RE: What's the difference between shortsales, foreclosures and REO's?

Posted by Anonymous at 2:01 PM, Feb. 2, 2010

For a short sale, provided that you send an offer and waitng for the lender's approval. Do you have to execute the offer once the lender approved after let's say, 3 months.?

 

 


RE: What's the difference between shortsales, foreclosures and REO's?

Posted by Christina Hunter-Legrand at 3:23 AM, Feb. 13, 2010

It depends on how your contract is written.  In CA for example, the contract was not executed until the buyer received an approval letter from the seller's lender.  And at that point the contingency period would start.  If your State does not provide for a short sale addendum, your Realtor should create one for you that protects you. 


RE: What's the difference between shortsales, foreclosures and REO's?

Posted by Sheila at 9:19 PM, Feb. 20, 2010

so what happens when you sign a purchase agreement on what i understand to be a REO. the house was on the fannie mae website and we wanted to buy it. after the purchase agreement had been signed for several weeks now fannie mae says they have an approval for a short sale and can't sell the house??? can they do that??? they want us to sign a piece of paper relinquishing them from the offer? what to do?


RE: What's the difference between shortsales, foreclosures and REO's?

Posted by Teresa at 1:56 PM, Mar. 18, 2010

What about IRS on floreclosure or shortsale??? Are some taxes to pay for floreclosure of shorthsale? If so, how much based on what amount, and what rate? Thanks


RE: What's the difference between shortsales, foreclosures and REO's?

Posted by Jackie Thompson at 4:21 PM, Nov. 12, 2010

As the property owner, when would I have to move in a foreclosure, short sale or deed in lieu of foreclosure.

What about tax consequences?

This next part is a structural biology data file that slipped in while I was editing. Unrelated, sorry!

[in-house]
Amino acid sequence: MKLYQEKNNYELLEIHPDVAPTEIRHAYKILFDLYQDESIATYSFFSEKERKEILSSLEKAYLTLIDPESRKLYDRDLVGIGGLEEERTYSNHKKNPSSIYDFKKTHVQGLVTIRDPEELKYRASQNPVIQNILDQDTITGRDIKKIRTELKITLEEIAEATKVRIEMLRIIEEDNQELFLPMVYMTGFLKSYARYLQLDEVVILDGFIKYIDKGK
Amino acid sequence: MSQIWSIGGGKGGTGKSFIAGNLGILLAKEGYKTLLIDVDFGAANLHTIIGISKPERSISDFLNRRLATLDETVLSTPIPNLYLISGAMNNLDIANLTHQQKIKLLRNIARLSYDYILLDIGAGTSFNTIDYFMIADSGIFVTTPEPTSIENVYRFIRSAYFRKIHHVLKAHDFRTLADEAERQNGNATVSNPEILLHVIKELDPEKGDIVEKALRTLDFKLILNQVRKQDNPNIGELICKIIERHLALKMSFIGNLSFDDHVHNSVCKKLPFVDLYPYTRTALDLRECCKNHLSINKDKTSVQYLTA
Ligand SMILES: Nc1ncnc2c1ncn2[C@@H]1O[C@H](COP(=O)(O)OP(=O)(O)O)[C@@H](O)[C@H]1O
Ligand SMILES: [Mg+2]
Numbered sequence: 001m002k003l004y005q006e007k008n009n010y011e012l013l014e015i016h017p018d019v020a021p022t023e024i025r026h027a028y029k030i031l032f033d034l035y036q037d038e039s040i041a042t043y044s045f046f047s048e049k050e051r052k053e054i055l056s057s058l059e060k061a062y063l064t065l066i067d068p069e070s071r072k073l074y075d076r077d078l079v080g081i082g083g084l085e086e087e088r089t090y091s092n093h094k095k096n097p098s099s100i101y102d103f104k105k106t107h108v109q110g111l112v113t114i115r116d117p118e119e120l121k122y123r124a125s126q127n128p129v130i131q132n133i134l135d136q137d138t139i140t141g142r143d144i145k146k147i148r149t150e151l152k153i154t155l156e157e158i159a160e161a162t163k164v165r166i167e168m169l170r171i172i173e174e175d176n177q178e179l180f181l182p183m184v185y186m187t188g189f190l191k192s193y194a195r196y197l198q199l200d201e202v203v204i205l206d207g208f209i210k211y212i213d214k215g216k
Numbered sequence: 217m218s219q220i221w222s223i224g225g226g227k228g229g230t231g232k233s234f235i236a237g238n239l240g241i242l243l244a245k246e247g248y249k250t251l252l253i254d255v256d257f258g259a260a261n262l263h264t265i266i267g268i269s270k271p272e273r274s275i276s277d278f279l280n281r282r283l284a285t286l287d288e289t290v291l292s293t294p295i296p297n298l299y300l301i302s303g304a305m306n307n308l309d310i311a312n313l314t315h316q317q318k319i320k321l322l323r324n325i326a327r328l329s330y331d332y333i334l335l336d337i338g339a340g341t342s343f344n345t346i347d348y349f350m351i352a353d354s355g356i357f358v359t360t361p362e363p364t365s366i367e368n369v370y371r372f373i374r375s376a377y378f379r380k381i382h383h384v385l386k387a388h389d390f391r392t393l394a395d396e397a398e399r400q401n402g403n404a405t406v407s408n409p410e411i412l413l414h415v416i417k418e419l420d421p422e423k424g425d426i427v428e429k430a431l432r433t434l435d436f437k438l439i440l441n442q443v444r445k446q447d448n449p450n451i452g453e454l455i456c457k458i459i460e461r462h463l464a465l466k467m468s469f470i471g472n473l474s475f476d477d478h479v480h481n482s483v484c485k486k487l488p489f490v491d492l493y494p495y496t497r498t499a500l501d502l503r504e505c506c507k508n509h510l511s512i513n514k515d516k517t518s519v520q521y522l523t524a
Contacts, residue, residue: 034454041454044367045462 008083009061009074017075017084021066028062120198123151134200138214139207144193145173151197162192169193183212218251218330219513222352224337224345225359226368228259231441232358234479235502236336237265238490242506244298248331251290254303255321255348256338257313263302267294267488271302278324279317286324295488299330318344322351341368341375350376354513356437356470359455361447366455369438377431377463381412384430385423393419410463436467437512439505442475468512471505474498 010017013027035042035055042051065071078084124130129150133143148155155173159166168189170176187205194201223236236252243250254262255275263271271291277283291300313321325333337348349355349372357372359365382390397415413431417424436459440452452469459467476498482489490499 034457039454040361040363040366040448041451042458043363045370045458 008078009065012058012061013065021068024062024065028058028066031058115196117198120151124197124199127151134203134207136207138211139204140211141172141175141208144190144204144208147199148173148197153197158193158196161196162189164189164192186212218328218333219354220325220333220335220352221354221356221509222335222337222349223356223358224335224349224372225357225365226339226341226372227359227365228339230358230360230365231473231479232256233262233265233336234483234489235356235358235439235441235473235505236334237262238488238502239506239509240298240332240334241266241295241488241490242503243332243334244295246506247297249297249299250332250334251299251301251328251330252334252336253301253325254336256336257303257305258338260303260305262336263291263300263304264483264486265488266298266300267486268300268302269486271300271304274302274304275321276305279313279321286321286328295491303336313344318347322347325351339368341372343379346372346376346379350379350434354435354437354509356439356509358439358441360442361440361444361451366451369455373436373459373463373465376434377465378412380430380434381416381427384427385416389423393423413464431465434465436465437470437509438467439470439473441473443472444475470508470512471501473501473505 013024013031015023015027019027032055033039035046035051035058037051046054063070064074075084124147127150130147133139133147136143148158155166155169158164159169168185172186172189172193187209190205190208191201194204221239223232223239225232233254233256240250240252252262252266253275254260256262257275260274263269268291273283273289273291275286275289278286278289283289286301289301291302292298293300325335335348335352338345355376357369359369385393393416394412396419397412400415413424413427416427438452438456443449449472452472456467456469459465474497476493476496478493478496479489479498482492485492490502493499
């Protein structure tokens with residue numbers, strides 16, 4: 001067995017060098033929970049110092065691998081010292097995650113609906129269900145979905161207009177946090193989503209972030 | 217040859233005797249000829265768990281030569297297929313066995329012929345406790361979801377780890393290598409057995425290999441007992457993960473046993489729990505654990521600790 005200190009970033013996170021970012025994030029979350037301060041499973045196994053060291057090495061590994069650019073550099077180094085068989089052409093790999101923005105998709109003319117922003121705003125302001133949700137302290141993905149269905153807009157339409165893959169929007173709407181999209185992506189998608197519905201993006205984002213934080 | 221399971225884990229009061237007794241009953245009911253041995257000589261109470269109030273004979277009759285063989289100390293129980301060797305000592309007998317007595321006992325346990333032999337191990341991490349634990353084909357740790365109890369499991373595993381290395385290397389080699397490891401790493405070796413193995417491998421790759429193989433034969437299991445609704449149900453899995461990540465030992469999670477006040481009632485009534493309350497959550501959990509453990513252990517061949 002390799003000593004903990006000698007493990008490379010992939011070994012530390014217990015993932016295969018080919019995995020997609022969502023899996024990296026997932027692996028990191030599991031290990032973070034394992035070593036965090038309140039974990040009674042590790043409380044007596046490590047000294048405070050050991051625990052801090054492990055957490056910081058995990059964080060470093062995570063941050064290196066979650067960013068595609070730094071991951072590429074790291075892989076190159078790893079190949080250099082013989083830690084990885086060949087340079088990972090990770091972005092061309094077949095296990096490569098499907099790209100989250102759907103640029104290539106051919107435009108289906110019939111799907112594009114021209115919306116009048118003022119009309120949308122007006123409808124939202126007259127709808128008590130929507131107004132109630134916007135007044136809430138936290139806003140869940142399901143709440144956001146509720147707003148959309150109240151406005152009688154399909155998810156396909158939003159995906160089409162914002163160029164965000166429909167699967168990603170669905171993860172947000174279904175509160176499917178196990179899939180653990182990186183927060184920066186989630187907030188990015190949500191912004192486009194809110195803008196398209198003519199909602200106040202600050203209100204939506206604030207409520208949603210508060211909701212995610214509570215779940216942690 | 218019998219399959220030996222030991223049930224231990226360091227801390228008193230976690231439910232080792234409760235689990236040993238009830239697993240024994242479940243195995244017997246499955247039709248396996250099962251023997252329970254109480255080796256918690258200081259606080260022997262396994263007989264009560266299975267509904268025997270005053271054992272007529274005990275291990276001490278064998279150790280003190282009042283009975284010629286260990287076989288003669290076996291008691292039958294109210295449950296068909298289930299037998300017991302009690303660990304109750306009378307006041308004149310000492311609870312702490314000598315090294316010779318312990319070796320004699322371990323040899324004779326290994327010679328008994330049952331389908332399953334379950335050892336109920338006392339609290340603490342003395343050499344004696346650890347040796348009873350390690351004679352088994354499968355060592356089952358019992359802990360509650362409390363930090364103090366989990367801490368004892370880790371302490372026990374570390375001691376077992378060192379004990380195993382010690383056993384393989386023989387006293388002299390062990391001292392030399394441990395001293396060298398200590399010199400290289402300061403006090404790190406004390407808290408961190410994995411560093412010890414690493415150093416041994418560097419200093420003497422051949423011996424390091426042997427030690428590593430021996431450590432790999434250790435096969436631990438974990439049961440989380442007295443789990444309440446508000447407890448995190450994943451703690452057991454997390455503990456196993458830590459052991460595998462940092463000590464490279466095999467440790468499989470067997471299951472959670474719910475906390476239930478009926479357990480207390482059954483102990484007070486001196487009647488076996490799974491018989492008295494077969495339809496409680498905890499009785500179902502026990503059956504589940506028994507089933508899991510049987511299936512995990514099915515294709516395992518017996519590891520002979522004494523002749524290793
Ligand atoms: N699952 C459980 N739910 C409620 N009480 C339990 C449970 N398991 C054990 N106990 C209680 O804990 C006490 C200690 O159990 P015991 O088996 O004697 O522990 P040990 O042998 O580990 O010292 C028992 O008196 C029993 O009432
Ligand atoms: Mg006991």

RE: What's the difference between shortsales, foreclosures and REO's?

Posted by Anonymous at 2:36 AM, Apr. 2, 2011

WHEN APPRAISING PRE-FORECLOSURES FOR BANKS SHOULD SHORT SALES AND REO'S BE USED AS COMPARALBES THOUGH THE NEIGHBORHOOD IS NOT DECLINING?


RE: What's the difference between shortsales, foreclosures and REO's?

Posted by oliver at 6:09 PM, Dec. 6, 2011

the short sale house i made an offer for fell through after 11 months of waiting and the tremendous expenses. it appeared that the junior loan was not willing to authorize the short sale. i really love the house despite all. can anyone give me an idea of what to do next in order to not to let it go.please help

thanks,

oliver


RE: What's the difference between shortsales, foreclosures and REO's?

Posted by Foreclosures at 10:36 PM, Jan. 27, 2012

I will be looking forwarding to participate in the discussions.<a href="http://www.foreclosuresus.com/">foreclosuresus.com</a>
 


RE: What's the difference between shortsales, foreclosures and REO's?

Posted by Dave at 9:54 AM, Feb. 9, 2012

WOW! I always thought a "Short Sale" was when you sell a house to someone under 3ft tall! And a thought a foreclosure was a type of hot dog! No wonder I never passed the real estate licensing exam!


RE: What's the difference between shortsales, foreclosures and REO's?

Posted by shawn at 8:35 AM, Mar. 13, 2012

I have 2 loans with the same bank. If i short sale one of them, can the bank come after my other house with the difference?


RE: What's the difference between shortsales, foreclosures and REO's?

Posted by Norman Mazurkiewitz Macaulay at 12:02 PM, May. 10, 2012

I found a condominium under a short sale.

There are over two years past maintenance fees and legal fees owed on this property.

Under a regular Foreclosure The dues to the association would be 12 months past dues or 1% of the original mortgage.

Under a short sale who owes what in the the past dues and legal fees.  is this dollar amount owed to the association negotiable .  

 


RE: What's the difference between shortsales, foreclosures and REO's?

Posted by Eric Eddler at 7:33 AM, Jul. 26, 2012

Recently the economy hasn't been prospering as much as everybody would like. As a result, many people are finding it hard to pay off some of their loans. With payments overwhelming the population, there is an American home mortgage servicing inc reducing foreclosures. Homeward is one of the few lenders doing its best to lower foreclosure rates.


RE: What's the difference between shortsales, foreclosures and REO's?

Posted by glen at 10:44 AM, Sep. 16, 2012

What is the wait period for an owner occupied reo purchase before he can sell that property?